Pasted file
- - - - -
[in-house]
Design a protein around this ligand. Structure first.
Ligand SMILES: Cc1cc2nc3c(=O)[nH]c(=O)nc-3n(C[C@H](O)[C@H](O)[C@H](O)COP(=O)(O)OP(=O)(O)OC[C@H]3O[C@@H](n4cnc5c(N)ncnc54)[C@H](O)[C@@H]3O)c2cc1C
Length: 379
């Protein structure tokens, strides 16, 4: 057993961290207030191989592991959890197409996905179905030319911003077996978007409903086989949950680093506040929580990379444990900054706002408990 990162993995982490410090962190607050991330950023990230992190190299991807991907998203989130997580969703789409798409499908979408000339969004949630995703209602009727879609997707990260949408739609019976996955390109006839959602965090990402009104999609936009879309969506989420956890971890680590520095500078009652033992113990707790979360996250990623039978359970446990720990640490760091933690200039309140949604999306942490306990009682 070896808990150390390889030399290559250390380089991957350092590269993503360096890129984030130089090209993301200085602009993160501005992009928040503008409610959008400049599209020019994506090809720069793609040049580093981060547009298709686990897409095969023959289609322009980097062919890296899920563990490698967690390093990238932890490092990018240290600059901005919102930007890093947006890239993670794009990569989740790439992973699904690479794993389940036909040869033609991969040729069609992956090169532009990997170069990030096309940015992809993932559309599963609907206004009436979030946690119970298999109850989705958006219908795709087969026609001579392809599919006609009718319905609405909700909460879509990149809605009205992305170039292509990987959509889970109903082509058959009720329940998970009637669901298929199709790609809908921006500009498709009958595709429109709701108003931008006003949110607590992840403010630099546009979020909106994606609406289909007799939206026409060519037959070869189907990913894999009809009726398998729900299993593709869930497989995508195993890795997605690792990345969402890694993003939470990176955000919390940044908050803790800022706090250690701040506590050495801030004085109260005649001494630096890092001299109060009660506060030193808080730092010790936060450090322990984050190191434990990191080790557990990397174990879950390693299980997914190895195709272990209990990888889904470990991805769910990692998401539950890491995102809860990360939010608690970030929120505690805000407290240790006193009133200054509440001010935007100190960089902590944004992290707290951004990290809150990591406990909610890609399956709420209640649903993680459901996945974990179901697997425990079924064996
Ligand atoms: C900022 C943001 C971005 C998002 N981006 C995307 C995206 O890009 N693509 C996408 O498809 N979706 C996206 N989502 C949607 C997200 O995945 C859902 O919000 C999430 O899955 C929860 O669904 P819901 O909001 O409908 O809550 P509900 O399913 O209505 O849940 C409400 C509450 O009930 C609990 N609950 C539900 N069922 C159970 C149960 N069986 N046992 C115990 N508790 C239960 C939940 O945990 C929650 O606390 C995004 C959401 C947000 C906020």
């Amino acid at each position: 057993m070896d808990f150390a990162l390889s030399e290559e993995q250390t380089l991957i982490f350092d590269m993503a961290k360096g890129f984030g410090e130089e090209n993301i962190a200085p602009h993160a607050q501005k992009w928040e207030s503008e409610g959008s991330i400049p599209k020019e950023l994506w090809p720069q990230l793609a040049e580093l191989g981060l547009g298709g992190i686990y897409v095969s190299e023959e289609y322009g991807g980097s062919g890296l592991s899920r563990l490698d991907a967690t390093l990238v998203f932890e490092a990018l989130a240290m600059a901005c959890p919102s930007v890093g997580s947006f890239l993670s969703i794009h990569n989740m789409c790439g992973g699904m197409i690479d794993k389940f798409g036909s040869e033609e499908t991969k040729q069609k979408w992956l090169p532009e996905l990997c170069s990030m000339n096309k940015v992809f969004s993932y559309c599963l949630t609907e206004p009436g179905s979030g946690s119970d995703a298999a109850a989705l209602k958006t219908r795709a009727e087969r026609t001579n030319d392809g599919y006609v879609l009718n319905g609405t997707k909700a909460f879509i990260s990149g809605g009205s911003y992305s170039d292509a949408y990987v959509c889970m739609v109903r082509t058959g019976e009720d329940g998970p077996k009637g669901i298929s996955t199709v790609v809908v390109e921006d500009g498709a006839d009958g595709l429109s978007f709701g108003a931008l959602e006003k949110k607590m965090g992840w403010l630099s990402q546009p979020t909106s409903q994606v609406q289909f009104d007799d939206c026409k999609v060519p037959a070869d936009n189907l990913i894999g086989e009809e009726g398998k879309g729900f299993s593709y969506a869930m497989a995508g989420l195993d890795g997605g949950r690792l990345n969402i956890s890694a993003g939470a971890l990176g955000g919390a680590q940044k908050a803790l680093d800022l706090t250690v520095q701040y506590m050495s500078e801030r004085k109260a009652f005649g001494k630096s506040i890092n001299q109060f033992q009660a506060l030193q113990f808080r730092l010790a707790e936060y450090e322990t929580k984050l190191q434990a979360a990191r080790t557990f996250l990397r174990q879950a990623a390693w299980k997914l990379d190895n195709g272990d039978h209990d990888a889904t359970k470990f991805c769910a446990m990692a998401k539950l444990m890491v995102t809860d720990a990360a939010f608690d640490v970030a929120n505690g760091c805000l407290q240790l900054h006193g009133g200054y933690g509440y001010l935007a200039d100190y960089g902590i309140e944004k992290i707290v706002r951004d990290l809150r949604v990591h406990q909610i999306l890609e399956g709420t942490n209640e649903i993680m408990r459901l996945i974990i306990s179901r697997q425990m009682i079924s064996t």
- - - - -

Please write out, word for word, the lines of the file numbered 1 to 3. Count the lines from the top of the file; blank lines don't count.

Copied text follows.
[in-house]
Design a protein around this ligand. Structure first.
Ligand SMILES: Cc1cc2nc3c(=O)[nH]c(=O)nc-3n(C[C@H](O)[C@H](O)[C@H](O)COP(=O)(O)OP(=O)(O)OC[C@H]3O[C@@H](n4cnc5c(N)ncnc54)[C@H](O)[C@@H]3O)c2cc1C